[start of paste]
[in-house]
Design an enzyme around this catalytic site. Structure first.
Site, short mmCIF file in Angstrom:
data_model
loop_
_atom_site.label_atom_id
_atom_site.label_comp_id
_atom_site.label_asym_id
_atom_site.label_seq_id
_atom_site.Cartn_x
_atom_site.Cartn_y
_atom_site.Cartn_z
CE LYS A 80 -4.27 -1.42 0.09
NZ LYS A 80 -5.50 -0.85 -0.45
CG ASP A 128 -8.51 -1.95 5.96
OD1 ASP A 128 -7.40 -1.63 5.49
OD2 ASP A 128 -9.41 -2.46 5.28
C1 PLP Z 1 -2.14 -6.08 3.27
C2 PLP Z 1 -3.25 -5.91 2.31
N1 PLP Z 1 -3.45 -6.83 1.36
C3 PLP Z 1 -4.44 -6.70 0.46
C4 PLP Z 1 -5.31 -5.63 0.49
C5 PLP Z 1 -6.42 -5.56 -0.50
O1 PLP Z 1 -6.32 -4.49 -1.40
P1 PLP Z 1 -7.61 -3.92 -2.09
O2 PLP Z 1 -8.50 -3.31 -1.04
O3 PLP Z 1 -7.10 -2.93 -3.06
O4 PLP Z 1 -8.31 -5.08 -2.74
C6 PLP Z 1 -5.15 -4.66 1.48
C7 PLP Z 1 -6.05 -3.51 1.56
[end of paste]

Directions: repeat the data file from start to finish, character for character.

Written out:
[in-house]
Design an enzyme around this catalytic site. Structure first.
Site, short mmCIF file in Angstrom:
data_model
loop_
_atom_site.label_atom_id
_atom_site.label_comp_id
_atom_site.label_asym_id
_atom_site.label_seq_id
_atom_site.Cartn_x
_atom_site.Cartn_y
_atom_site.Cartn_z
CE LYS A 80 -4.27 -1.42 0.09
NZ LYS A 80 -5.50 -0.85 -0.45
CG ASP A 128 -8.51 -1.95 5.96
OD1 ASP A 128 -7.40 -1.63 5.49
OD2 ASP A 128 -9.41 -2.46 5.28
C1 PLP Z 1 -2.14 -6.08 3.27
C2 PLP Z 1 -3.25 -5.91 2.31
N1 PLP Z 1 -3.45 -6.83 1.36
C3 PLP Z 1 -4.44 -6.70 0.46
C4 PLP Z 1 -5.31 -5.63 0.49
C5 PLP Z 1 -6.42 -5.56 -0.50
O1 PLP Z 1 -6.32 -4.49 -1.40
P1 PLP Z 1 -7.61 -3.92 -2.09
O2 PLP Z 1 -8.50 -3.31 -1.04
O3 PLP Z 1 -7.10 -2.93 -3.06
O4 PLP Z 1 -8.31 -5.08 -2.74
C6 PLP Z 1 -5.15 -4.66 1.48
C7 PLP Z 1 -6.05 -3.51 1.56